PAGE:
What Happens at 1,000 Facebook Likes or Twitter Followers? pt 2

Is Your Team Sitting Around Wondering Why Fan Likes are Going Up and Leads Aren't Coming In?  Photo Courtesy of Sigurd Decroos.
Is Your Team Sitting Around Wondering Why Fan Likes are Going Up and Leads Aren’t Coming In? Photo Courtesy of Sigurd Decroos.

“Like our page and you get a free jar of jam!”

People believe in enticing possible fans for free goods or services is a good way to gain more “likes” in the social media world in an attempt to hit a magical fan number.  It’s important to go back and read pt 1.  We’re not stating to forego growing an audience who will eventually become customers or help you to gain new ones.  This is merely a continuation of a look at the overall goal.  Don’t lose sight of basic marketing principles.  Always create value for potential customers whether on Facebook or Twitter.  They are merely tools.

You have to ask yourself what happens after they like your page and do not receive a free subscription to your jam of the month club?  What happens to the person who “liked” you?  (Jam is just a reference point.  We love jam!)  Will they keep coming back to the page or forget they provided you with a “courtesy like”.

Just as a side note on the topic of promotions, before you offer any incentive in the form of a promotion for someone being the 1000th person to like your page, be sure you read the Facebook guidelines.  That type of offer is prohibited by the social media giant.  (Check out our blog on how to not get into trouble over promotions on Facebook.)

It is so important to note that it is not being said to stop seeking potential customers on any social media site.  You’re supposed to chase after avenues for leads.  It’s just crucial to not forget the marketing basics.  You have to focus on what happens after people hit the like button.  Just because they hit the initial like, doesn’t mean they will continue to come back.  Which would mean getting to that 1,000 like didn’t really do much, but put up a visible mile marker that may not translate into dollars in your bank account.

Think of it this way.  You would never walk up to a complete stranger and ask them to “like” or “follow” you.  You hang out and make yourself friendly.  You show you’re a person of character and you could be someone they could really like.  And that’s the “social” part many are forgetting when using various sites to promote their business.  You must give people a reason to engage with you or in the least check on your page and business offerings from time to time.

So, what happens at 1,000 likes or followers?  Probably the same thing that happened at 40 likes under misdirected efforts, nothing.  Focus on being a better content guru and you’ll see a better return on your time and social media budget.

If you have any major success stories over what happened when you hit a certain number of likes, please share with us.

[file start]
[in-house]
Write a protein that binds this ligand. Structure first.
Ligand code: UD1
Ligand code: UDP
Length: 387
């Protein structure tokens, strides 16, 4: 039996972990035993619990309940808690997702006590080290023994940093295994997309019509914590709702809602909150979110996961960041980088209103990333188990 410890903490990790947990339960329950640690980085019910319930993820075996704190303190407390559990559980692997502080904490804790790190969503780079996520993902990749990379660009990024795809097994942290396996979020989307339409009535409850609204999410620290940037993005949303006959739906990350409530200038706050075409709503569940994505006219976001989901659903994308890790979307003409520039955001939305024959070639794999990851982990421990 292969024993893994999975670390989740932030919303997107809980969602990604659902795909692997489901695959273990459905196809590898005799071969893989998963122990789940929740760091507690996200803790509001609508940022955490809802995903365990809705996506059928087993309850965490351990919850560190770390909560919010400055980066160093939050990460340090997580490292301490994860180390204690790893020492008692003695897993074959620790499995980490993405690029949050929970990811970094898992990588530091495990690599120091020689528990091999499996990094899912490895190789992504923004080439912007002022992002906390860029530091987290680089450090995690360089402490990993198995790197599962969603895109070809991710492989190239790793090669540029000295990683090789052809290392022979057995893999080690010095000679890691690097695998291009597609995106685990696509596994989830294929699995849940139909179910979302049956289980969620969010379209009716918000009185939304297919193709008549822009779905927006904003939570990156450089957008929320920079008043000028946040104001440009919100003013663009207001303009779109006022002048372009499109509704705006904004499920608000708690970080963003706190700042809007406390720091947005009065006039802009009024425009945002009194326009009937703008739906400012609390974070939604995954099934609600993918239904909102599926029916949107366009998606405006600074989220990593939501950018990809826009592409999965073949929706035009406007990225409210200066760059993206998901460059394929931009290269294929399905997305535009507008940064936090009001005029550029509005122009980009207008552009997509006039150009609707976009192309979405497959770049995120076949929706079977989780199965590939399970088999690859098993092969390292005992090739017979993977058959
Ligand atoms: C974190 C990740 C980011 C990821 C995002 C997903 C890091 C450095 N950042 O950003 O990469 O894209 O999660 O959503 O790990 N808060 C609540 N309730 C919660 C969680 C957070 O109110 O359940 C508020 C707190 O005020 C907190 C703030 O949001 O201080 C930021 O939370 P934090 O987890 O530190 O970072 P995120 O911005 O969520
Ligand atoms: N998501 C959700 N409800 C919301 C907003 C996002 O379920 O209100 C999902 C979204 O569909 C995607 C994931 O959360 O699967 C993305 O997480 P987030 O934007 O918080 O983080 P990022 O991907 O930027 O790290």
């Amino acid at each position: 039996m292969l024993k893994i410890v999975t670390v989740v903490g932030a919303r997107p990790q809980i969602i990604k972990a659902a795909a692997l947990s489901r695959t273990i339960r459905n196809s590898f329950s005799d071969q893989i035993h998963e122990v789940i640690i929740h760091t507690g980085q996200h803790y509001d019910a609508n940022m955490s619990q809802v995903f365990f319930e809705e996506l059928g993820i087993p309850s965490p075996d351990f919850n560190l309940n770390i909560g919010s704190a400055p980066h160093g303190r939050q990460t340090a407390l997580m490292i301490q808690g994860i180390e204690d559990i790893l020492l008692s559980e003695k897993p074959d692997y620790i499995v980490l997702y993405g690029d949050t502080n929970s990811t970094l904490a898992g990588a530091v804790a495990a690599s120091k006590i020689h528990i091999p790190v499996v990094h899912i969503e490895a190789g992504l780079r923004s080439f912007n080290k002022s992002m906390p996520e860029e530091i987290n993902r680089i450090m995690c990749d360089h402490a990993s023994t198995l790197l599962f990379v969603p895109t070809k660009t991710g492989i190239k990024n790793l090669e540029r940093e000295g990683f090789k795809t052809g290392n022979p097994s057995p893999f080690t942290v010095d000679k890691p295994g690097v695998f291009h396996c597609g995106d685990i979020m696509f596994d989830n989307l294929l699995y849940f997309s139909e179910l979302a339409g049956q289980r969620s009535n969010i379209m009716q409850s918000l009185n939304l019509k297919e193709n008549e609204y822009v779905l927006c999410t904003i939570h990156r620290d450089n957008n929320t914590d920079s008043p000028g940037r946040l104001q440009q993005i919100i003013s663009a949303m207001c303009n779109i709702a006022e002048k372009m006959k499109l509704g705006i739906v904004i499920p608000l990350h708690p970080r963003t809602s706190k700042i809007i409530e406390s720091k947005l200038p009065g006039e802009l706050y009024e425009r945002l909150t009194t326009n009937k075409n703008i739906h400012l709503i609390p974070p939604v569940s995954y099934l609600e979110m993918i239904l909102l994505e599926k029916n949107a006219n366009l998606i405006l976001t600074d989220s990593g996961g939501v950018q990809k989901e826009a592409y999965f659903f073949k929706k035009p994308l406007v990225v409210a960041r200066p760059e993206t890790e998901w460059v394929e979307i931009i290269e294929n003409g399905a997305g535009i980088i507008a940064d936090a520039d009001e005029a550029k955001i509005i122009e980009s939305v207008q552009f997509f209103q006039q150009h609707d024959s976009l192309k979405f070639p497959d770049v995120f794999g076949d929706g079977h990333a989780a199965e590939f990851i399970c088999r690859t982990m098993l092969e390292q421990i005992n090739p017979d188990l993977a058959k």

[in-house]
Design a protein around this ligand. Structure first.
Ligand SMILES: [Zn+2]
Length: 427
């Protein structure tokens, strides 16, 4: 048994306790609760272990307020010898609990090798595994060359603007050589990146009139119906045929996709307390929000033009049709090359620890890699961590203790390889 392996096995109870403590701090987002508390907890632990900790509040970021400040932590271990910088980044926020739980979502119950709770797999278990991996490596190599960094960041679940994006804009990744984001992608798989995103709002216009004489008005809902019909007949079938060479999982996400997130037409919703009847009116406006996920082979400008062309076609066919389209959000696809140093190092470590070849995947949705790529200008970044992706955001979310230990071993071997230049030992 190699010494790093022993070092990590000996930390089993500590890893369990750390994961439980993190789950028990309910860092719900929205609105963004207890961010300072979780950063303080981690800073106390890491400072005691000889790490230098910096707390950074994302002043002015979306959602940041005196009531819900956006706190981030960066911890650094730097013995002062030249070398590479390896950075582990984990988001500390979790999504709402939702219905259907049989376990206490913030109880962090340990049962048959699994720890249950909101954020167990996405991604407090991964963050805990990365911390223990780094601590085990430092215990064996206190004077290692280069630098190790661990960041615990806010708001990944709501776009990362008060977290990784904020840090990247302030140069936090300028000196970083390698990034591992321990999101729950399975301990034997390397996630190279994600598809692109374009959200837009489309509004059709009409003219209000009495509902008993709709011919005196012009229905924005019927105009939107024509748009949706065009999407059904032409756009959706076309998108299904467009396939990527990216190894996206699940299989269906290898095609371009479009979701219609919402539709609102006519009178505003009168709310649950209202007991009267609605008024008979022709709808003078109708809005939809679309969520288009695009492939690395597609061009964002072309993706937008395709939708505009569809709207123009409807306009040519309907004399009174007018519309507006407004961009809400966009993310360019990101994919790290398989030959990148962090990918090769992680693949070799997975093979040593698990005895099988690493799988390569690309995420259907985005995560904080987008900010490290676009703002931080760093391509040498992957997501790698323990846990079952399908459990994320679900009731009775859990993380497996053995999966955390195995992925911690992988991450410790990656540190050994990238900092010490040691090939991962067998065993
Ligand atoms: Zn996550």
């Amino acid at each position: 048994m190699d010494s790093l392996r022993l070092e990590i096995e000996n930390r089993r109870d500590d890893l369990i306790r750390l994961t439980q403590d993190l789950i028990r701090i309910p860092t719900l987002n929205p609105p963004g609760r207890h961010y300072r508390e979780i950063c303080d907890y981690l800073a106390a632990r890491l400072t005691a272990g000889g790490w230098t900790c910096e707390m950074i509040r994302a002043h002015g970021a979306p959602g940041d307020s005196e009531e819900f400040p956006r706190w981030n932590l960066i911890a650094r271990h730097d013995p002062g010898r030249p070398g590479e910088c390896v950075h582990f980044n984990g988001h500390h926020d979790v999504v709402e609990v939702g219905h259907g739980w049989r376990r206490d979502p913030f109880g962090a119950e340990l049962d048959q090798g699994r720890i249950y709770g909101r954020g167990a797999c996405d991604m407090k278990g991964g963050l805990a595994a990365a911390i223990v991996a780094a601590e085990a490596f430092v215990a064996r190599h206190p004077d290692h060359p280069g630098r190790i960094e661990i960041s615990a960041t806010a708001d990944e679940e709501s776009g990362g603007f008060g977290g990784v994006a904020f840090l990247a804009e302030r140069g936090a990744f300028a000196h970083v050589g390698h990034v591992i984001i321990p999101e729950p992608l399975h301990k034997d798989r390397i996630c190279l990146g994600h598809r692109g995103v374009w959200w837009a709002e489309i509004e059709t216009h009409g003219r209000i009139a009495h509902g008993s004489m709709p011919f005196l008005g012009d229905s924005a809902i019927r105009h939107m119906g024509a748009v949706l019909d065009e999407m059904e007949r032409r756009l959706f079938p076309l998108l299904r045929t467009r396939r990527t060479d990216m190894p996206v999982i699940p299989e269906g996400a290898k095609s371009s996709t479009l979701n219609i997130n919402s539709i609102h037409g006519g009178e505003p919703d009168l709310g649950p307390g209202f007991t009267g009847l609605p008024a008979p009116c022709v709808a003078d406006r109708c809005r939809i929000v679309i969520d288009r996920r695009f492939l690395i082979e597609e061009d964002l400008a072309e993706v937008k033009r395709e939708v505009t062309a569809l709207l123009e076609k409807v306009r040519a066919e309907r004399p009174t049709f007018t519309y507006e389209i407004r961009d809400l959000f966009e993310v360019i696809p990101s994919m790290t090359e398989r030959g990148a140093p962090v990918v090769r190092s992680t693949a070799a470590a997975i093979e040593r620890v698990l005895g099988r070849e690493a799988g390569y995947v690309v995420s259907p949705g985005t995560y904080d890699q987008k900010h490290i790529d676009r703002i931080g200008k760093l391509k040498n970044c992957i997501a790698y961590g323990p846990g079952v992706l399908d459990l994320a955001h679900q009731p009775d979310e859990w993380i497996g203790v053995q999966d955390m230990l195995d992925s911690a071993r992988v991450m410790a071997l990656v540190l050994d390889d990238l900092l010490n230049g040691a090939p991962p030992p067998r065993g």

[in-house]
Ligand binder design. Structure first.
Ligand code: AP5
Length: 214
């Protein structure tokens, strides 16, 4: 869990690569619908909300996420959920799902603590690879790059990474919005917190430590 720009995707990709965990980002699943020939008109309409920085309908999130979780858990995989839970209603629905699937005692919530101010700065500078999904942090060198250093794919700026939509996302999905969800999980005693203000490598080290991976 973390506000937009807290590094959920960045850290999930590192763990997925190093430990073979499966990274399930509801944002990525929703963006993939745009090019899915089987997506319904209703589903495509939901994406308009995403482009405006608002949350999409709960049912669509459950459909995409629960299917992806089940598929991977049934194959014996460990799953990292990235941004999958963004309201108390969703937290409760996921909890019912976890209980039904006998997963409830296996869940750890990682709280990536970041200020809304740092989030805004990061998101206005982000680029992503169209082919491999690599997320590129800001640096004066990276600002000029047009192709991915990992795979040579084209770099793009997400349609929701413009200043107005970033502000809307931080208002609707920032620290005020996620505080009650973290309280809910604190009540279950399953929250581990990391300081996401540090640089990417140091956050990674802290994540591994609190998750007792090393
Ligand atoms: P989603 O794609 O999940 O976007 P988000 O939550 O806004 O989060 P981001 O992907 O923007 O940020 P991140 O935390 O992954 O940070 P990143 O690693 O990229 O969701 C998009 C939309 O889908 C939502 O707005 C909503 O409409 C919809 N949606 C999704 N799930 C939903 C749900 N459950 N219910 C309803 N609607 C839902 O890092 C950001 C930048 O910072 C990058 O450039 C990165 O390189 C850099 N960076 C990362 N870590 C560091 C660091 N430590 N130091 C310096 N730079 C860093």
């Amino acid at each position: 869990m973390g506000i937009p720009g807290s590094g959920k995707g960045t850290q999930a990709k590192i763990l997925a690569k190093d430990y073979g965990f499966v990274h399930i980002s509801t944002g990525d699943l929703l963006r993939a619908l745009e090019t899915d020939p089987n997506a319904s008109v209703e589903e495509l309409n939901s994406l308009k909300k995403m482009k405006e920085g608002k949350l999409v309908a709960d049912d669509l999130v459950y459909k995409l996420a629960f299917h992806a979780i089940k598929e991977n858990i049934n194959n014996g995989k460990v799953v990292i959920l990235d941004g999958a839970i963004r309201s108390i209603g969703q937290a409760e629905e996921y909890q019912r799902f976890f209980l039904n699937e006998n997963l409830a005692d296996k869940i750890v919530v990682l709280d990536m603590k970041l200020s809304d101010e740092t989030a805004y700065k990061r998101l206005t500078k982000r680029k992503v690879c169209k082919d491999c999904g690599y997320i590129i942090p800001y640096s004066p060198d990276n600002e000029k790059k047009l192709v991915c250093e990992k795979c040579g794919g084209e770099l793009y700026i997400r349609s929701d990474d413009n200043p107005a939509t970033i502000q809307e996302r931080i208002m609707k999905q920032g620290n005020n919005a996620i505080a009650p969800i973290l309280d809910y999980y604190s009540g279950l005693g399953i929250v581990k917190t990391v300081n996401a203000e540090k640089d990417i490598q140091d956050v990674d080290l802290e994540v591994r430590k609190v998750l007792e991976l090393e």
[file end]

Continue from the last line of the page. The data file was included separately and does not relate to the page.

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Above Promotions is a full service publicity, marketing and promotions company, founded with the purpose to serve an array of clients that are looking to expand their presence in the marketplace.  From a local to international market, Above Promotions Company can provide the exposure that goes above your expectations.  Visit www.abovepromotions.com today.

What Happens at 1,000 Facebook Likes or Twitter Followers? pt 1

Is Your Team Sitting Around Wondering Why Fan Likes are Going Up and Leads Aren't Coming In? Photo Courtesy of Sigurd Decroos.
Is Your Team Sitting Around Wondering Why Fan Likes are Going Up and Leads Aren't Coming In?  Photo Courtesy of Sigurd Decroos.
Is Your Team Sitting Around Wondering Why Fan Likes are Going Up and Leads Aren't Coming In? Photo Courtesy of Sigurd Decroos.

What is the fascination with numbers on social media sites?  What Happens at 1,000 Facebook Likes or Twitter Followers?  Will the business suddenly receive tons of new customers?  Odds are that will not be the likely outcome.  As we know, it often takes a few touches and brand recognition to get sales from marketing efforts.

Unfortunately, watching your fan count throughout the day, hoping to get to a specific number and see an increase in sales typically isn’t the winning plan.  Being slow out the social media gate and attempting to catch up can cause you to become fixated on magical numbers.  Whether the number is 100, 500, 1,000 or 10,000, the number of Facebook likes and Twitter followers can turn into focusing on superficial numbers. 

Are you monitoring your analytical tools to see how many people are engaging and clicking through to actual sales?  These are the numbers that make your hours in working your social media campaign worth it.  Popularity is great, but in the grand scheme of it all, it just doesn’t pay for salaries, supplies and other expenses in running a successful business.